[quote author=“Iisbliss”]I suspect he is from the same one I am, only he uses alot of words.
It is quite possible the “life force” is a quantifiable natural force like gravity, and carries with it the formula for consciousness, and we can’t discern it yet, prolly cause we are too busy being the trees to see the trees.
Lawrence, you know about the monarch butterfly?
Now there is a life cycle that is absolutely confounding to me.
An incredible migration pattern carried out by succesive generations.
Words are symbols for concepts. Concepts catagorize experience. Experience provides knowledge. Knowledge is expressed in words that are symbols of concepts.
I love Monarch butterflies.
One year when we went to camp and hike in the Mojave National Preserve there was an explosion of Monarch butterflies.
They spun a type of sac, looked sort of like a spider web, in which the new caterpillars hatched. I saw these ‘sacs’ hanging on many ‘cats claw’ bushes. (Mormons called the plant a ‘come-along’ bush, when you walk by it and it grabs you, you must ‘come along’, retrace steps to allow removal of the vicious hook, shaped and functional as a cat’s claw.)
I was curious about the sac so I split it open and found a mass of caterpillars.
As we stood below the summit of a hill hundreds of Monarch’s floated by with the breeze all heading south to the Mexican border.
When I see a Monarch I stop and watch it and marvel at the beauty of life.
(I also stop to smell the roses, the ‘peace’ rose is my favorite, sort of a subtly fruity smell that is not as sweet as fragins osmanthus, the base of most perfume)
What is life? No one knows. Life is aware of itself the moment it becomes life, that much is certain - and yet it does not know what it is. Consciousness, as sensitivity to stimuli, is undoubtedly aroused to some extent at even the lowest, most undeveloped stages of life’s occurrence; it is impossible to tie the emergence of consciousness to any particular point in life’s general or individual history - to link it, for instance, to the presence of a nervous system.
The lowest animals have no nervous systems, let alone a cerebral cortex, and yet no one dares deny that they are capable of responding to stimuli. You can anesthetize life, life itself, not just the special organs capable of the response that informs life, not just the nerves. You could temporarily suspend the responses of every speck of living matter, in both the plant and animal kingdoms, narcotize eggs and sperm with chloroform, chloral hydrate, or morphine.
Consciousness of self is an inherent function of matter once it is organized as life, and if that function is enhanced it seems to turn against the organism that strives to fathom and explain the very phenomenon that produced it, a striving of life to comprehend itself, as if nature were rummaging to find itself in itself.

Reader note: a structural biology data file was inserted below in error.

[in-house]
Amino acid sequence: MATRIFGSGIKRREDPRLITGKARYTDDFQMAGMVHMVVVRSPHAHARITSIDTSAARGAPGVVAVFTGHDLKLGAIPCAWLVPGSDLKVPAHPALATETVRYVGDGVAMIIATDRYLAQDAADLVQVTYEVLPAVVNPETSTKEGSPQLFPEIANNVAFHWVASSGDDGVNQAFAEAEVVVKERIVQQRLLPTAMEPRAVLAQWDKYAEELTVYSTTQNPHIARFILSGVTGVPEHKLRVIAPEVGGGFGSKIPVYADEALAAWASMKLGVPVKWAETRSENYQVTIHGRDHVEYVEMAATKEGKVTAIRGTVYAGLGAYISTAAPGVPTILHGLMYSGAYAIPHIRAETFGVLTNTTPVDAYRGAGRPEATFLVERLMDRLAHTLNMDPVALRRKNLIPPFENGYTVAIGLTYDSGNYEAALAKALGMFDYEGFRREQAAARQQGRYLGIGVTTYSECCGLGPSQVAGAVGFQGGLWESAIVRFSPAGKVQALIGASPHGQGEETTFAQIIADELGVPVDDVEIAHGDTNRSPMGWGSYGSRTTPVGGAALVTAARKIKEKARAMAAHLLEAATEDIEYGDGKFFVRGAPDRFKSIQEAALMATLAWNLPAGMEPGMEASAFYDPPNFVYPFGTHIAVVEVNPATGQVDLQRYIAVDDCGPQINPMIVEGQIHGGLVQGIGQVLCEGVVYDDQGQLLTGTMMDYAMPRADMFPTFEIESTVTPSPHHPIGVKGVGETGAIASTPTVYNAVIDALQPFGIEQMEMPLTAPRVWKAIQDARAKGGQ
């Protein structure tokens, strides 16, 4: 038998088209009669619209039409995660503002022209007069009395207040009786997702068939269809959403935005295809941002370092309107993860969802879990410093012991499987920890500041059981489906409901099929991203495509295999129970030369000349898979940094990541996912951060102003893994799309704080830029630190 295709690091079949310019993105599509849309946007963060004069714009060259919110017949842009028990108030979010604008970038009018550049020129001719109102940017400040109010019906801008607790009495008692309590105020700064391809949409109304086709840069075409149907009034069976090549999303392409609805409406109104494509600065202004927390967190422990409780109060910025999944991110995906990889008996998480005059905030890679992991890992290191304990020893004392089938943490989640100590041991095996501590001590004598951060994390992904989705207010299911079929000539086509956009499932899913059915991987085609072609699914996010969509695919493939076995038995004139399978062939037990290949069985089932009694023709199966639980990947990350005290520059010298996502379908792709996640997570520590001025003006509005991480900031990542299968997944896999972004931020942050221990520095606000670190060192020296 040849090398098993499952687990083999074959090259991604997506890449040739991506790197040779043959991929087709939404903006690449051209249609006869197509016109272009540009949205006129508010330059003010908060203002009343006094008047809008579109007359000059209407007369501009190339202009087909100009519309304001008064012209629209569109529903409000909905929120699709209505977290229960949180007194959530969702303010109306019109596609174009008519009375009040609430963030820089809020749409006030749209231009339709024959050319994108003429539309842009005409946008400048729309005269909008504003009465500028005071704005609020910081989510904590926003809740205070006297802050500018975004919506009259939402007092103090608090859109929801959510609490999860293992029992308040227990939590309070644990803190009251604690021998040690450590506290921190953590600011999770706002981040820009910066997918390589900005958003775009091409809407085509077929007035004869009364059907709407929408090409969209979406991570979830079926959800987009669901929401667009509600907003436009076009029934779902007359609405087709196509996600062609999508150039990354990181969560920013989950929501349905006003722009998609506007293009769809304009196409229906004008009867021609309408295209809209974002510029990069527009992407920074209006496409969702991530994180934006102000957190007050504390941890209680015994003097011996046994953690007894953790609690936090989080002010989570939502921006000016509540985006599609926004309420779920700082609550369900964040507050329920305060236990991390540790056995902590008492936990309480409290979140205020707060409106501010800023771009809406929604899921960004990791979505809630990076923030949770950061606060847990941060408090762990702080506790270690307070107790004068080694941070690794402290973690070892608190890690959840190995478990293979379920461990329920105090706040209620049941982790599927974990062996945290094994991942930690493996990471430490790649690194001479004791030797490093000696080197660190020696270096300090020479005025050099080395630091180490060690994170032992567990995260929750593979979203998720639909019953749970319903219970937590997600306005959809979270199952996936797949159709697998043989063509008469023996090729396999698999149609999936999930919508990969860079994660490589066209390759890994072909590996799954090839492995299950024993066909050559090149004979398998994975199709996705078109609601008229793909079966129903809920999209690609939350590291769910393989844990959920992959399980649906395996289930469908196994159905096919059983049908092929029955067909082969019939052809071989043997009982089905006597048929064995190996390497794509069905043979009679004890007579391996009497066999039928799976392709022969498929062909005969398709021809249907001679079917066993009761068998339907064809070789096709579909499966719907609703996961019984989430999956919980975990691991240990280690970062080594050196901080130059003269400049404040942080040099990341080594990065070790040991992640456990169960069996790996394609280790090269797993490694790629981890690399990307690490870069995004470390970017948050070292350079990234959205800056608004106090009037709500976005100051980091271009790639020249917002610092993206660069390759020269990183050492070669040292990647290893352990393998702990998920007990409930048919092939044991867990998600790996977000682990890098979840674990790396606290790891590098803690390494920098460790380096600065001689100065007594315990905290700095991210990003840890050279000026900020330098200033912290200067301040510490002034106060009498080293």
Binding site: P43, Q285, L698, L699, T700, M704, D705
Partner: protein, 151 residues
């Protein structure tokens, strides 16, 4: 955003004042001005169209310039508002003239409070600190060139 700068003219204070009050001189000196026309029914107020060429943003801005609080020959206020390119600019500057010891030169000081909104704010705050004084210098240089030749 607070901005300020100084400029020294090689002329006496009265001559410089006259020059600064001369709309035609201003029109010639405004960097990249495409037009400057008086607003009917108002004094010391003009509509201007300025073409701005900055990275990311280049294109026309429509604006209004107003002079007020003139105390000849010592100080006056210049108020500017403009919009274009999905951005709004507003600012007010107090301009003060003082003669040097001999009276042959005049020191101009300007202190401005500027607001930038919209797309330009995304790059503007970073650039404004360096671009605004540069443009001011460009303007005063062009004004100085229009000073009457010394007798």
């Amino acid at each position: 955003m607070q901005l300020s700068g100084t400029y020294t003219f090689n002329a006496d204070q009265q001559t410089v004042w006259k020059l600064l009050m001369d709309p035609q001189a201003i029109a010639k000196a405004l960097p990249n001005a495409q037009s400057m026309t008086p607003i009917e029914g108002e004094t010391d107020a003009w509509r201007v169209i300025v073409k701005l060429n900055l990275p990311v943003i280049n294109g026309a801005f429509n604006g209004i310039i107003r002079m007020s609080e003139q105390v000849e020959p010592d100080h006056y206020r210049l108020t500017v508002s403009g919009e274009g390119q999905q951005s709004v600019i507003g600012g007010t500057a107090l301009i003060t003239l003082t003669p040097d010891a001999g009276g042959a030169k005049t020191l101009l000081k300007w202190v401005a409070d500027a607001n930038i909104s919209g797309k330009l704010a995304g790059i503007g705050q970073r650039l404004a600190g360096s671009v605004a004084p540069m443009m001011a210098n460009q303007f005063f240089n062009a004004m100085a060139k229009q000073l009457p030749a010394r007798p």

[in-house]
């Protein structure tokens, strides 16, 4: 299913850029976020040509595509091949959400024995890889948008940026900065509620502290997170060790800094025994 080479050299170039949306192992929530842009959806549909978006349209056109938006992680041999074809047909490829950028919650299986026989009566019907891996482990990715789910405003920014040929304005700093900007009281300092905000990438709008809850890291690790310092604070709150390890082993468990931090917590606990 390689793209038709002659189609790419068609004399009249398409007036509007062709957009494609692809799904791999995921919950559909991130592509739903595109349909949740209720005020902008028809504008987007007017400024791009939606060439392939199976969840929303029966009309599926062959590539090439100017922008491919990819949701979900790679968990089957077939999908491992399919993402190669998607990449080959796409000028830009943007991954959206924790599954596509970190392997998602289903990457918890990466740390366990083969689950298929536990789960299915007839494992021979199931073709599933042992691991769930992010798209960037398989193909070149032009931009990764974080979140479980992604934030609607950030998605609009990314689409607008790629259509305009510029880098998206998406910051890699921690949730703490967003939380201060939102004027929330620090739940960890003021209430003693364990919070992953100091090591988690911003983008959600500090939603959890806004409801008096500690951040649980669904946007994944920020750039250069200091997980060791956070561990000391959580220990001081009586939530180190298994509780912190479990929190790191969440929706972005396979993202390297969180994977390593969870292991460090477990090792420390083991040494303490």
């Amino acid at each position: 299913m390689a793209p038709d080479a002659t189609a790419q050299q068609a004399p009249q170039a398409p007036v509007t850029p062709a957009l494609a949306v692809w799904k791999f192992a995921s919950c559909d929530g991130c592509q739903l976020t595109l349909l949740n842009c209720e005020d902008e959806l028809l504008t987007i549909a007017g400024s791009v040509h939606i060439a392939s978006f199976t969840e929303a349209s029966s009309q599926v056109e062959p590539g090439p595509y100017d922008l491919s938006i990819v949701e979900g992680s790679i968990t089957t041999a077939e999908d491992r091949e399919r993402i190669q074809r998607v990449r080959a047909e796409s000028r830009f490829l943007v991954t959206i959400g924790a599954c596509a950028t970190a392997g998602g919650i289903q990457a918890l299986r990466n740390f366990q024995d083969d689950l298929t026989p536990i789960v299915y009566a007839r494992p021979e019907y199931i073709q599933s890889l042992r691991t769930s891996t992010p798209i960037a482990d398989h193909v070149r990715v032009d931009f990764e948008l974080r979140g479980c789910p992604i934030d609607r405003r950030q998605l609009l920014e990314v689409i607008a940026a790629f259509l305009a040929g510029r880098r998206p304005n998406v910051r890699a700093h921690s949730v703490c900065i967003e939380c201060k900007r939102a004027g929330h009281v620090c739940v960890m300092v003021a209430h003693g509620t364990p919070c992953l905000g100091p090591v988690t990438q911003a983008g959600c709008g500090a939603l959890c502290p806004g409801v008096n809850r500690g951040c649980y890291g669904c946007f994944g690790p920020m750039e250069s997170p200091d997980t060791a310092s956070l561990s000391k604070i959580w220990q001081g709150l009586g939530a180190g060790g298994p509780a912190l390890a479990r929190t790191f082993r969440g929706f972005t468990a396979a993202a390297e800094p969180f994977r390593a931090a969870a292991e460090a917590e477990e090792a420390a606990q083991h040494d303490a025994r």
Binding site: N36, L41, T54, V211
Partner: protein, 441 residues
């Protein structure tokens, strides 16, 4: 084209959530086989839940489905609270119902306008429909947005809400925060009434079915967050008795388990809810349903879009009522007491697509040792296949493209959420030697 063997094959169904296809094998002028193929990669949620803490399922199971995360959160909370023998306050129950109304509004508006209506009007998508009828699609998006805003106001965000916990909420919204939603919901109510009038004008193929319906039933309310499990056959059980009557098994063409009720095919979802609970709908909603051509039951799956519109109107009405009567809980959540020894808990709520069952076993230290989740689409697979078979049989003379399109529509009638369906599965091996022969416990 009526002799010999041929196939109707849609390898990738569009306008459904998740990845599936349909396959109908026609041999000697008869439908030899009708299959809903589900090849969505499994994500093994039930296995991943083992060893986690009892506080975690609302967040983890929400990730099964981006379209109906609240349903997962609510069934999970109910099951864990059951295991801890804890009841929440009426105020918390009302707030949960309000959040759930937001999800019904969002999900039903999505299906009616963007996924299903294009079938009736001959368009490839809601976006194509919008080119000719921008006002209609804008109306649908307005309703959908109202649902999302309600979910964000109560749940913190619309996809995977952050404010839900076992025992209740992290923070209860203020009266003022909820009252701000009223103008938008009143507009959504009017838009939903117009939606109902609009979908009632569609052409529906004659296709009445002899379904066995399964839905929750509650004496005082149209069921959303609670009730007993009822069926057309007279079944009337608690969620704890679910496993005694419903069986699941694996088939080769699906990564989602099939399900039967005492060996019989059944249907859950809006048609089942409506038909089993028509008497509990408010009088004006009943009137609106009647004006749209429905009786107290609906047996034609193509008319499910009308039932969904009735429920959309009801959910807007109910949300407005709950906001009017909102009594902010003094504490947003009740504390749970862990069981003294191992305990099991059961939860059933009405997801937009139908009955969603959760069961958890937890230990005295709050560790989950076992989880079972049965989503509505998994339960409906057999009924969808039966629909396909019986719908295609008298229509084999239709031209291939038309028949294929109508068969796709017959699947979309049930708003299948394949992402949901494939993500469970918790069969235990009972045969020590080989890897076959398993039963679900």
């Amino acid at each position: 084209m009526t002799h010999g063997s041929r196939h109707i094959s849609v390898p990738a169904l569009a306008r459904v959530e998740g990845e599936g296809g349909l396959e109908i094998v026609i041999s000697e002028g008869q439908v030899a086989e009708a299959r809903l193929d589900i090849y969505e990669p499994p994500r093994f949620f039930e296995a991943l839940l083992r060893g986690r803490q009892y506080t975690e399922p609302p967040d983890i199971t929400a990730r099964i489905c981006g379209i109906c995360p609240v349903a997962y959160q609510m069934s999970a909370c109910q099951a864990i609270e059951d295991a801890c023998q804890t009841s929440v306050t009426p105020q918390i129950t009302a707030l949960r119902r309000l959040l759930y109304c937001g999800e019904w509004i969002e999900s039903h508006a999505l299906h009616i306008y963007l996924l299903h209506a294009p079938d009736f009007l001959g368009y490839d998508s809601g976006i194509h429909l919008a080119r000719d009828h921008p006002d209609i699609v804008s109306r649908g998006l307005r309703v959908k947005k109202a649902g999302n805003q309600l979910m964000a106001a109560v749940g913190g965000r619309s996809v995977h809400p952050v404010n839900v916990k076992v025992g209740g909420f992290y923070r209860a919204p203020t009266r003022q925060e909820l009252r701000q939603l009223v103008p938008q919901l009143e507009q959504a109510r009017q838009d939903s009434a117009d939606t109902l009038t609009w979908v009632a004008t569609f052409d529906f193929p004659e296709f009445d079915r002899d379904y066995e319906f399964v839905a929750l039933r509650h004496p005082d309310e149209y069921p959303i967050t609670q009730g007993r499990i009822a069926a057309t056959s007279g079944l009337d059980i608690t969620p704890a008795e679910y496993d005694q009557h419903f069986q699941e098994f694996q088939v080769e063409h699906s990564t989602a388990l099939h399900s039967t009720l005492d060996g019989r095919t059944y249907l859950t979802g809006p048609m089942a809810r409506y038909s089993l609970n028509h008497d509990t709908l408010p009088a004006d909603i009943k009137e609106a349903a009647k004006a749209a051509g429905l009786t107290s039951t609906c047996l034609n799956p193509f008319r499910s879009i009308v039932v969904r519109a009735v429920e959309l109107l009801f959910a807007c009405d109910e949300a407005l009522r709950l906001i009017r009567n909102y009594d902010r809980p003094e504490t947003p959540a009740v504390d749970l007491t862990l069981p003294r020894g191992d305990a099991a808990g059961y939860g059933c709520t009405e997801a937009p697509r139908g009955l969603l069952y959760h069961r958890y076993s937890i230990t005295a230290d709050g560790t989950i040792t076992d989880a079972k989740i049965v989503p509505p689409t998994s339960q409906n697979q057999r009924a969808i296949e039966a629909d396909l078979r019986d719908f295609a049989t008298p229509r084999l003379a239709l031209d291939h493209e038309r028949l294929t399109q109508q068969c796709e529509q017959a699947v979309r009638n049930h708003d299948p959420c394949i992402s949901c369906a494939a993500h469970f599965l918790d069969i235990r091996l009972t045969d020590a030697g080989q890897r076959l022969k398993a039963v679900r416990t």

What is life? No one knows. No one can pinpoint when life first emerged from nature. Nothing in the realm of life is self-actuated, yet life seemed to have actuated itself. If anything can be said about life, then, it is this: life’s structure is so highly developed that nothing like it could occur in the inanimate world. The distance between an amoeba - a pseudopod - and a vertebrate was minor, insignificant in comparison to that between the simplest form of life and inorganic matter, which does not even deserve to be called dead - because death is merely the logical negation of life. Between life and inanimate nature is a yawning abyss.
What is life? Life is warmth, the warmth produced by instability attempting to preserve form, a fever of matter that accompanies the ceaseless dissolution and renewal of protein molecules, themselves transient in their complex and intricate construction. Life is the existence of what, in actuality, has no inherent ability to exist, but only balances with sweet, painful precariousness on one point of existence in the midst of this feverish, interwoven process of decay and repair.
What is life? Life is not matter, it is not spirit. Life is something in between the two, a phenomenon borne by matter, like the rainbow above a waterfall, like a flame. But although it is not material, life is sensual to the point of lust and revulsion, it is matter shamelessly sensitive to stimuli within and with out - existence in its lewd form. Life is a secret, sensate stirring in the chaste chill of space. Life is furtive, lascivious, sordid - nourishment sucked in and excreted, an exhalation of carbon dioxide and other foul impurities of a mysterious origin and nature. Out of overcompensation for its own instability, yet governed by its own inherent laws of formation, a bloated concoction of water, protein, salt, and fats - what we call flesh - ran riot, unfolded; and took shape, achieving form, beauty, and yet all the while was the quintessence of sensuality and desire. This form and this beauty are not derived from the spirit, as in works of poetry and music, nor derived from some neutral material both consumed by spirit and innocently embodying it, as is the case with the form and beauty of the visual arts. Rather, they are derived from and perfected by substances awakened to lust via means unknown, by decomposing and composing organic matter itself, by reeking flesh.
-from The Magic Mountain, Thomas Mann (won the noble prize for literature)